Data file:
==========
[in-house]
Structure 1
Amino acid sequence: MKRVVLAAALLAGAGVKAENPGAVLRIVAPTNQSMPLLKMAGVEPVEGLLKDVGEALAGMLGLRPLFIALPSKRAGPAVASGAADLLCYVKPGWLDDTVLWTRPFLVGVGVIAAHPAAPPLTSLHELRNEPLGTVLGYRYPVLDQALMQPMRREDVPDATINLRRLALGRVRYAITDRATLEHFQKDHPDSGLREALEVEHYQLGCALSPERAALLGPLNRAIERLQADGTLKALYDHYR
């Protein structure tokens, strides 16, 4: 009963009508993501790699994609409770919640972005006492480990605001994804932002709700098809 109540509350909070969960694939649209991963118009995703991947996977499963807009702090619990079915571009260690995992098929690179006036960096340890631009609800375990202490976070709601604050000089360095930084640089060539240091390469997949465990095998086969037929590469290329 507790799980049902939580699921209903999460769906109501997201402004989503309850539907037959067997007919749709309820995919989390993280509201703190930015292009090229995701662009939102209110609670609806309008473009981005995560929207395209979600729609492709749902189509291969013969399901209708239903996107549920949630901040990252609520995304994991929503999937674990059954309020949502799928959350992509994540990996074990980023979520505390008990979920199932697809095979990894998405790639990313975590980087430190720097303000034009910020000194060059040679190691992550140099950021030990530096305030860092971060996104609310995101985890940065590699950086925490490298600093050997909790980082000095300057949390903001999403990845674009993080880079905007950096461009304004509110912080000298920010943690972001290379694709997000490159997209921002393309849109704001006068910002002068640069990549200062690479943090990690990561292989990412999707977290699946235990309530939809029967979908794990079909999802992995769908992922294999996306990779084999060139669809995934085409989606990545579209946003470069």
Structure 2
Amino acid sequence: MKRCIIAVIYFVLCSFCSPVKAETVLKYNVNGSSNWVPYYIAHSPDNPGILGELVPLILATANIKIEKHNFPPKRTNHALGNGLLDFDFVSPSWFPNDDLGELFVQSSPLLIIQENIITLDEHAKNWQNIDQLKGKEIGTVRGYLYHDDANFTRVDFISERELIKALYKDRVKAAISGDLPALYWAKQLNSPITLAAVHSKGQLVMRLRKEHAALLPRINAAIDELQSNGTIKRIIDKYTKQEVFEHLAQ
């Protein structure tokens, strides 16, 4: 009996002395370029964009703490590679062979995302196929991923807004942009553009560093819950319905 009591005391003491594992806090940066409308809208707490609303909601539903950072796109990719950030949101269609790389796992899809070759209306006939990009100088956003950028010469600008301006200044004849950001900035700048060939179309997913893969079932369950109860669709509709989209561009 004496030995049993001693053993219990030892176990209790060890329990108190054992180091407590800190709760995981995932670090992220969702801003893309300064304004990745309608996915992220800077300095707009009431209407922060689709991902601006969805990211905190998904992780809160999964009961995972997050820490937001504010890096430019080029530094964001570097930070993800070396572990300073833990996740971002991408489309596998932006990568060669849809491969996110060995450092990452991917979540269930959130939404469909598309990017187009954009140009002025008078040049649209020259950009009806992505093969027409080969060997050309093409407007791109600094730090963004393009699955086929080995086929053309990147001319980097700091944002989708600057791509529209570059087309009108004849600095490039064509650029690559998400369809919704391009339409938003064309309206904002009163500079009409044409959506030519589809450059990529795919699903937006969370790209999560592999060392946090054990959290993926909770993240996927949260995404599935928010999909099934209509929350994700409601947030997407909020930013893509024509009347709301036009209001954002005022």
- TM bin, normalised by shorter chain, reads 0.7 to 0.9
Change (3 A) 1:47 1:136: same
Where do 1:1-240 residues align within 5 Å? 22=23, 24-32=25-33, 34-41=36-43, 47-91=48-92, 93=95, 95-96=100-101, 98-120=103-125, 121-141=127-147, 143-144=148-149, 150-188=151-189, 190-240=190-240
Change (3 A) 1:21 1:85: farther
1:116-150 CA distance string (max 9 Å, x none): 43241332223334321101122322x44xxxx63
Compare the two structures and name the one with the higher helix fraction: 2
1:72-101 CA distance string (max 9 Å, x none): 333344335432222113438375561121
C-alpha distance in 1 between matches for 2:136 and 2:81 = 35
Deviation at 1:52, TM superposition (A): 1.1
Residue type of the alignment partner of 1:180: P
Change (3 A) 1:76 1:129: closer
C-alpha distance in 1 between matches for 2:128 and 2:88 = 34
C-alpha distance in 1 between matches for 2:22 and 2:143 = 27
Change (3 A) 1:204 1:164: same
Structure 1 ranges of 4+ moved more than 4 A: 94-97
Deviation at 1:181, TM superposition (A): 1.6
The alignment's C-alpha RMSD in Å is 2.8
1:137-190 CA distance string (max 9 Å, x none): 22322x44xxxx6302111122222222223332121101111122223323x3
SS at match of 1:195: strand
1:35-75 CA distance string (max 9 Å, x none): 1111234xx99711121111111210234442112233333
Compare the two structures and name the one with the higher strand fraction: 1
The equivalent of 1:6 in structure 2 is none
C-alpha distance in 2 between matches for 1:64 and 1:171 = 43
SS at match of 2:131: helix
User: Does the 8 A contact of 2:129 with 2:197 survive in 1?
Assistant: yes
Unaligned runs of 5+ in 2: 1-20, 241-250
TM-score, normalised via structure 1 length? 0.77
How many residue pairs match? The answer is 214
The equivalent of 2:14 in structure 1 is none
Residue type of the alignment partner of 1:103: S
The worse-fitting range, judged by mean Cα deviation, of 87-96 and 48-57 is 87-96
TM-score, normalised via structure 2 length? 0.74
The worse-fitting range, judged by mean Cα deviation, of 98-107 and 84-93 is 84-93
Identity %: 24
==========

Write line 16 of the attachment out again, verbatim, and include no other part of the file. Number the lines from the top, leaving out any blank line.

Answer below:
Deviation at 1:52, TM superposition (A): 1.1